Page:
Particle in a box: Finding <T> of an electron given a wave function

Mayhem
Homework Statement:
An electron in a carbon nanotube of length ##L## is described by the wavefunction ##\psi(x) = (2/L)^{1/2}\sin{(\pi x/L)}##. Compute the expectation value of the kinetic energy of the electron.
Relevant Equations:
##\left \langle \Omega \right \rangle = \int \psi^* \hat{\Omega}\psi ~d\tau##
If ##\hat{T} = -\frac{\hbar}{2m}\frac{\mathrm{d^2} }{\mathrm{d} x^2}##, then the expectation value of the kinetic energy should be given as:
\begin{align*} \left \langle T \right \rangle &= \int_{0}^{L} \sqrt{\frac{2}{L}} \sin{\left(\frac{\pi x}{L}\right)} \hat{T}\sqrt{\frac{2}{L}}\sin{\left(\frac{\pi x}{L}\right)} dx \\ &= \frac{-\hbar^2}{mL} \int_{0}^{L} \sin{\left(\frac{\pi x}{L}\right)} \frac{\mathrm{d^2} }{\mathrm{d} x^2} \sin{\left(\frac{\pi x}{L}\right)} dx \\ &= \frac{\pi^2 \hbar^2}{mL^3} \int_{0}^{L} \sin^2{\left(\frac{\pi x}{L}\right)} dx \\ &=\frac{h^2}{8mL^2} \end{align*}
Are my calculations correct?

To solve the integral ##\int \sin^2(f(x))) dx## I use the half angle identity for ##\sin(x)##.

bob012345, vanhees71 and Delta2

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Looks good, although generally ##\hbar## is used in QM.

vanhees71 and Mayhem
Mayhem
Looks good, although generally ##\hbar## is used in QM.
Wouldn't the ##\hbar## reduce to ##h## in the last step, though?

vanhees71
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Wouldn't the ##\hbar## reduce to ##h## in the last step, though?
Yes, but it's not conventional to switch between ##\hbar## and ##h## depending on whether you can cancel ##2\pi##. Most QM texts will stick with ##\hbar## by convention.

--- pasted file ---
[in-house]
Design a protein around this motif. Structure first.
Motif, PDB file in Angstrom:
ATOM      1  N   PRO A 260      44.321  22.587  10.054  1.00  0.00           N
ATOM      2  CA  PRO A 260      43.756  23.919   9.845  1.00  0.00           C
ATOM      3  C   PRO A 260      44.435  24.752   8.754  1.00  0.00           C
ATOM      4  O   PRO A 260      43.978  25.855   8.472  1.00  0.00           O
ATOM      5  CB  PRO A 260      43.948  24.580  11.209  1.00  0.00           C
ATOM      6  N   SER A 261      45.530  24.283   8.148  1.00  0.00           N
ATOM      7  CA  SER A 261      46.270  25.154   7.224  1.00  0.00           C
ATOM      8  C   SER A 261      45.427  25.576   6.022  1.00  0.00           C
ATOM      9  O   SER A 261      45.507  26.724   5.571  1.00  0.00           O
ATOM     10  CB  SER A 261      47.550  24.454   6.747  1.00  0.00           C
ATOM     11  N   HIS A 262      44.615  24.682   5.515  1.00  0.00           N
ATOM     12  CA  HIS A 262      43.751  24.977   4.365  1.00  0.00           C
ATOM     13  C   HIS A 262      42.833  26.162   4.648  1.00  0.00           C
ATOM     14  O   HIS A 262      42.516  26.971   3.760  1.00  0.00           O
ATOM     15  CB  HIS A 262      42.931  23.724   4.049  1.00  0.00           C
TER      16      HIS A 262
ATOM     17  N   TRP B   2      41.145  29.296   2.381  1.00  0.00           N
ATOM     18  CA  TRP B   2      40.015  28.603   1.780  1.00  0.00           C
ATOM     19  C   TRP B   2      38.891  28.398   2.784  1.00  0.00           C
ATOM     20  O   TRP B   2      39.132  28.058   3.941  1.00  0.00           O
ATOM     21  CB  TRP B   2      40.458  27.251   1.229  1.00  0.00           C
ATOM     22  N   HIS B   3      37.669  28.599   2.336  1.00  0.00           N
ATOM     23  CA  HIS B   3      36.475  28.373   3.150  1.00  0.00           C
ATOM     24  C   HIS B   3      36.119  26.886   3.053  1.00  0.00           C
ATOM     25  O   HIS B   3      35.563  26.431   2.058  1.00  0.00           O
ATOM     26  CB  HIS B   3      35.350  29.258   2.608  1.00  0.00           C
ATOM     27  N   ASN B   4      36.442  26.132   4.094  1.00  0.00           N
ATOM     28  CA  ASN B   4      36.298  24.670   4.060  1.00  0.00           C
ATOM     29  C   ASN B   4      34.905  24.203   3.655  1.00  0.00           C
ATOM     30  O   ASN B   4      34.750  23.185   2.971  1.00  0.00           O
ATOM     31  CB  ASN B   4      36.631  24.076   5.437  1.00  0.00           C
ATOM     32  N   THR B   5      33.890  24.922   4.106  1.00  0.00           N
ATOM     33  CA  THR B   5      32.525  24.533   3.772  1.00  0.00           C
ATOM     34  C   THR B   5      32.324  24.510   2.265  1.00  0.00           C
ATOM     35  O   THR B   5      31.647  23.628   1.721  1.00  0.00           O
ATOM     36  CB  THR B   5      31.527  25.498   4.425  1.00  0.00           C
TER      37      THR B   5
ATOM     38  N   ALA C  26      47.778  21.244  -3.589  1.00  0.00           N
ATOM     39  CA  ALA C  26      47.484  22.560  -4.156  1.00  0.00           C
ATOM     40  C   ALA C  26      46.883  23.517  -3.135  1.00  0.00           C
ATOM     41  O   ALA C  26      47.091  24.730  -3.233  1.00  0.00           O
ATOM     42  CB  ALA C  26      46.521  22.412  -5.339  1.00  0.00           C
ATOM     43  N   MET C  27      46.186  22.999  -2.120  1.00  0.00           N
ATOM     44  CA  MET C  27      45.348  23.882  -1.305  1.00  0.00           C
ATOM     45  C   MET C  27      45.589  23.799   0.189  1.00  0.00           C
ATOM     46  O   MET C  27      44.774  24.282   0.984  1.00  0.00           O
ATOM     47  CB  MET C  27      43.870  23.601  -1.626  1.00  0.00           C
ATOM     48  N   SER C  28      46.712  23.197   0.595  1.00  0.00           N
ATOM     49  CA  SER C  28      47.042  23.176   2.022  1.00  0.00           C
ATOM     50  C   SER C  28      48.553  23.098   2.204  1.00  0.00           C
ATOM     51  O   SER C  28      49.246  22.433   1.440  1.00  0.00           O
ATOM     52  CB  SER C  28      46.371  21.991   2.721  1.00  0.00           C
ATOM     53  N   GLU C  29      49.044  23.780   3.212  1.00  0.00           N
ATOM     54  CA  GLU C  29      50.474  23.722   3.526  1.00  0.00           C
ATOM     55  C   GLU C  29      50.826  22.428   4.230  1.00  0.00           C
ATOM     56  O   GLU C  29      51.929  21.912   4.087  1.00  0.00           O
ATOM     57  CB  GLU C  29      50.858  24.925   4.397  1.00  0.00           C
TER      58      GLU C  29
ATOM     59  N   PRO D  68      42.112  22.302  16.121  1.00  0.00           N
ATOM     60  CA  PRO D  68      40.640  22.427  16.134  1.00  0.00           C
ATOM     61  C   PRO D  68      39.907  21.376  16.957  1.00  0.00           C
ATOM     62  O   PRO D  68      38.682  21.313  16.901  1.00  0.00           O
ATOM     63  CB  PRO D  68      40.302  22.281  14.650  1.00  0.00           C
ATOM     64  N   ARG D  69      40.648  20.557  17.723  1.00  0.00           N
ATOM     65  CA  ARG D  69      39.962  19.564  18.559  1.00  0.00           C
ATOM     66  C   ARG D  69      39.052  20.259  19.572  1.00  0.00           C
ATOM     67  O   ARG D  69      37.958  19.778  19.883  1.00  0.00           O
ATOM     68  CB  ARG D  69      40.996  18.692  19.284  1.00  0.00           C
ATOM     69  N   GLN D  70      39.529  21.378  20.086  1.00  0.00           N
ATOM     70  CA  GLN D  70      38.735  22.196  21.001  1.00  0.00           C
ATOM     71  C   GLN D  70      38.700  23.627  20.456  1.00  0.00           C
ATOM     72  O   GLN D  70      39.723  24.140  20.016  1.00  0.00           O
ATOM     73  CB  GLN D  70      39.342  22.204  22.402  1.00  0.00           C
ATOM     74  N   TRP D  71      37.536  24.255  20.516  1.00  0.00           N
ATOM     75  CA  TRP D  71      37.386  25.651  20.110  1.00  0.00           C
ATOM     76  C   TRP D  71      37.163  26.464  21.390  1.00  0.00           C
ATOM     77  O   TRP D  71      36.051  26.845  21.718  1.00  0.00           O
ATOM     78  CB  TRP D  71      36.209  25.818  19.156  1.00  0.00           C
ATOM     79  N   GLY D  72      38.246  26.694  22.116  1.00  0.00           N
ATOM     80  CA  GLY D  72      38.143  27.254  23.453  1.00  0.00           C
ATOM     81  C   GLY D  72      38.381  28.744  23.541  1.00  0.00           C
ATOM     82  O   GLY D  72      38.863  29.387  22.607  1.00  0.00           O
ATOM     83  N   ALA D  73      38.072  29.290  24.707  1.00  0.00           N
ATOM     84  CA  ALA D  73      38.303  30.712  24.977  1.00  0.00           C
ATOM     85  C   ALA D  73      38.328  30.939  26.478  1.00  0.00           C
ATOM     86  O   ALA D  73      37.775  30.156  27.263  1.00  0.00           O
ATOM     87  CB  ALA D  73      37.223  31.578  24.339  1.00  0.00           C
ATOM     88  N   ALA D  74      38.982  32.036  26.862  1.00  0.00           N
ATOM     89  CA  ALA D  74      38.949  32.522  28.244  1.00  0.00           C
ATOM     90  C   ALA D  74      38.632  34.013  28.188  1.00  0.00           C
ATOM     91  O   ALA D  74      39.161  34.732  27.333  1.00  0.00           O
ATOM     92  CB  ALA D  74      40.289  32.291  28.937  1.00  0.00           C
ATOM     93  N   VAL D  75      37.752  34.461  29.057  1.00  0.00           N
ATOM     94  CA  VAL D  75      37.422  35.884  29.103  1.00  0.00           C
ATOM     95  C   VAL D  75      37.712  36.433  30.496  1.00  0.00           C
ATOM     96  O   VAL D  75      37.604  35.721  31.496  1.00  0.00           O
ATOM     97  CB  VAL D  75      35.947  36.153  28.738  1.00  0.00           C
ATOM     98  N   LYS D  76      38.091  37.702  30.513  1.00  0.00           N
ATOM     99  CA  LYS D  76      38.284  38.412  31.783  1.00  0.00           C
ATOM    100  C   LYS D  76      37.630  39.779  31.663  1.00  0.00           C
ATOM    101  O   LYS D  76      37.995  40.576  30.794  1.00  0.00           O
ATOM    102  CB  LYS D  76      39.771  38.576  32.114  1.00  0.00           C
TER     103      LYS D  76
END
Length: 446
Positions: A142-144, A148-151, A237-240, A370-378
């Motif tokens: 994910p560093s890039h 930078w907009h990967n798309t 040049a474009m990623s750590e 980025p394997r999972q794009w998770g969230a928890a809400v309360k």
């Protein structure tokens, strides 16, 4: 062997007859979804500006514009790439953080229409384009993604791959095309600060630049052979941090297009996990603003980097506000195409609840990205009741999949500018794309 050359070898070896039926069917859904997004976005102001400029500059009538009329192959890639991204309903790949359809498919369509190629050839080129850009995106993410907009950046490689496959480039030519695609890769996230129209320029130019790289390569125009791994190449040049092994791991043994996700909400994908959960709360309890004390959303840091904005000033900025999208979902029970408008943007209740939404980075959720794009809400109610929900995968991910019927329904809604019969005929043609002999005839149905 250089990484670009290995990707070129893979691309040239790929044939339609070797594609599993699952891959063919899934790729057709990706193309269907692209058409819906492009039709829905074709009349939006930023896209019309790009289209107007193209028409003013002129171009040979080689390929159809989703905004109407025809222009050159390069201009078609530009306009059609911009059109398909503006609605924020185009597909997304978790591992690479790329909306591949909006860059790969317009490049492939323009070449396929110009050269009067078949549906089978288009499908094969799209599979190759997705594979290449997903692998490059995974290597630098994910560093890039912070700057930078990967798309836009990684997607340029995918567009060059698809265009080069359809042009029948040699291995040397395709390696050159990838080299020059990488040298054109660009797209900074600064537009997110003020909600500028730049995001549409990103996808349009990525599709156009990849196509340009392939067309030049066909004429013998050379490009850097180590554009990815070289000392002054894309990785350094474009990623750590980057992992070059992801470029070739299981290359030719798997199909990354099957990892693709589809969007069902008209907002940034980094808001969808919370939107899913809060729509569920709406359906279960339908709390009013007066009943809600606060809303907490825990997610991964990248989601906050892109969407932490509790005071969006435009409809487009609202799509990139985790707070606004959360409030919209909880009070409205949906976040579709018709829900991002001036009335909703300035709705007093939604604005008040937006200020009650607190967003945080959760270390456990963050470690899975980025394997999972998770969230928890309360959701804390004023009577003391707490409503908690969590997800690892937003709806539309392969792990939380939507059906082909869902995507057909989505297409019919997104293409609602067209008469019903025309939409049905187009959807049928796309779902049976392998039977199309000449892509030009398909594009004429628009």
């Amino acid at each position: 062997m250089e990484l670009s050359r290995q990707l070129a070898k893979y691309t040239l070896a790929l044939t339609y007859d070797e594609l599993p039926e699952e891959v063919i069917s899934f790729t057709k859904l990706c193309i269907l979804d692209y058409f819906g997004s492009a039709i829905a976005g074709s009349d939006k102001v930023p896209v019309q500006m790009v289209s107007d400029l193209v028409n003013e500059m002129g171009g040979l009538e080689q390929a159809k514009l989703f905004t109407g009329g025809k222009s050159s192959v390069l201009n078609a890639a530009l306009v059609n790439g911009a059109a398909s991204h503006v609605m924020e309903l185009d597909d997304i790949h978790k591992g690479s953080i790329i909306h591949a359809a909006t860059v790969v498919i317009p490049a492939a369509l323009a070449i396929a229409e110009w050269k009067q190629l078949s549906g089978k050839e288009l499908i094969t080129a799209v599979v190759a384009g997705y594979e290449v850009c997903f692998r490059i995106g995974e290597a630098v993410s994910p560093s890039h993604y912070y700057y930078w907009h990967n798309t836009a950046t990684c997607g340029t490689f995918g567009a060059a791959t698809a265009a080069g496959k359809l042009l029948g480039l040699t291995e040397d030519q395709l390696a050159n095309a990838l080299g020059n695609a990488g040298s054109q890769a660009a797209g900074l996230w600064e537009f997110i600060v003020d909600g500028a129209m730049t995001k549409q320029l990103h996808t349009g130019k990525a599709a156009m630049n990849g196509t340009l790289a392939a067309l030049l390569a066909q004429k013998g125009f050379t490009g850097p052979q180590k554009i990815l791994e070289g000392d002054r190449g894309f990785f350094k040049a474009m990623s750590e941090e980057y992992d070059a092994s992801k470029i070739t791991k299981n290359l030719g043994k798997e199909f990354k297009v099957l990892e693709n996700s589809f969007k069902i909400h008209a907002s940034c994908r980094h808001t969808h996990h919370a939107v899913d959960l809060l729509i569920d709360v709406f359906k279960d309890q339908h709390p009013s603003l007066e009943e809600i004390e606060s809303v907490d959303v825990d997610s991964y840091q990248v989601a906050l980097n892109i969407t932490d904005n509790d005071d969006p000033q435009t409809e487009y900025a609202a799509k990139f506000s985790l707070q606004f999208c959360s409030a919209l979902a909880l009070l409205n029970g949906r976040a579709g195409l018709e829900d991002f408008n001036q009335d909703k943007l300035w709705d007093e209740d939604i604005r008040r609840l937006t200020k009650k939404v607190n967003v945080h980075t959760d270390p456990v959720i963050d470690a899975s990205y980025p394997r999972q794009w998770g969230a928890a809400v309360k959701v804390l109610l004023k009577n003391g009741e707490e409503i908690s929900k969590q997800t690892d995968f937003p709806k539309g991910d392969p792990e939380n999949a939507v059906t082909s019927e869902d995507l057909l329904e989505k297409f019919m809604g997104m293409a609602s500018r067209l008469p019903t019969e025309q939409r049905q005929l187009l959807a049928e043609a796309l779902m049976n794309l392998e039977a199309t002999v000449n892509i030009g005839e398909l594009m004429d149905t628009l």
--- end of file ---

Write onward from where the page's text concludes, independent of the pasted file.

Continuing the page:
vanhees71 and Mayhem
Mayhem
Yes, but it's not conventional to switch between ##\hbar## and ##h## depending on whether you can cancel ##2\pi##. Most QM texts will stick with ##\hbar## by convention.
Confusing, but who am I to tell quantum physicists that they are wrong.

Twigg, vanhees71 and Delta2
Mayhem
Just reviewed my book: it actually uses ##h## when ##\hbar## reduces as shown. I suppose I'm right in this particular case.

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To solve the integral ##\int \sin^2(f(x))) dx## I use the half angle identity for ##\sin(x)##.
An important point of this problem is to realize that, in this case, the expectation value of the kinetic energy is equal to the energy of the ground state because the particle is in an energy eigenstate and the potential energy is zero. There is no need to integrate.

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Just reviewed my book: it actually uses ##h## when ##\hbar## reduces as shown. I suppose I'm right in this particular case.
Modern texts and tracts use ##\hbar## exclusively I am told.
The reason is probably having to be different.
Same applies when all of a sudden ## m_0 ## in relativity is taboo. So we said goodbye to ## E = mc^2 ## for moving particles. It was good enough for Feynman but not for us.

Mayhem
Modern texts and tracts use ##\hbar## exclusively I am told.
The reason is probably having to be different.
Same applies when all of a sudden ## m_0 ## in relativity is taboo. So we said goodbye to ## E = mc^2 ## for moving particles. It was good enough for Feynman but not for us.
IMO, it is good to keep in mind that ##\hbar## is used interchangeably with ##h##, but I honestly err on the side of unambiguous notation.

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To elaborate, perhaps a bit unnecessarily, on post 7:
Given ## \psi(x) = (2/L)^{1/2} sin(\pi x/L) ## in a box of length L,
The energy eigenstate n (collapsed wave function) of a particle in that box is
## \psi(x)_{E_n} = (2/L)^{1/2}~sin (n\pi x /L) , 0~<=x~<=L ##
and ## \psi(x) = \Sigma_n~ A_n~ \psi_{E_n} (x) ##
with ##A_n = \int_0^L ~\psi^*_{E_n} (x) ~ \psi(x) ~dx ##
= 1, n=1 and = 0 for any other n
so there is only one allowed energy state with ## E = \hbar^2 \pi^2/2mL^2 ##
(from the eigenstate Schroedinger equation).

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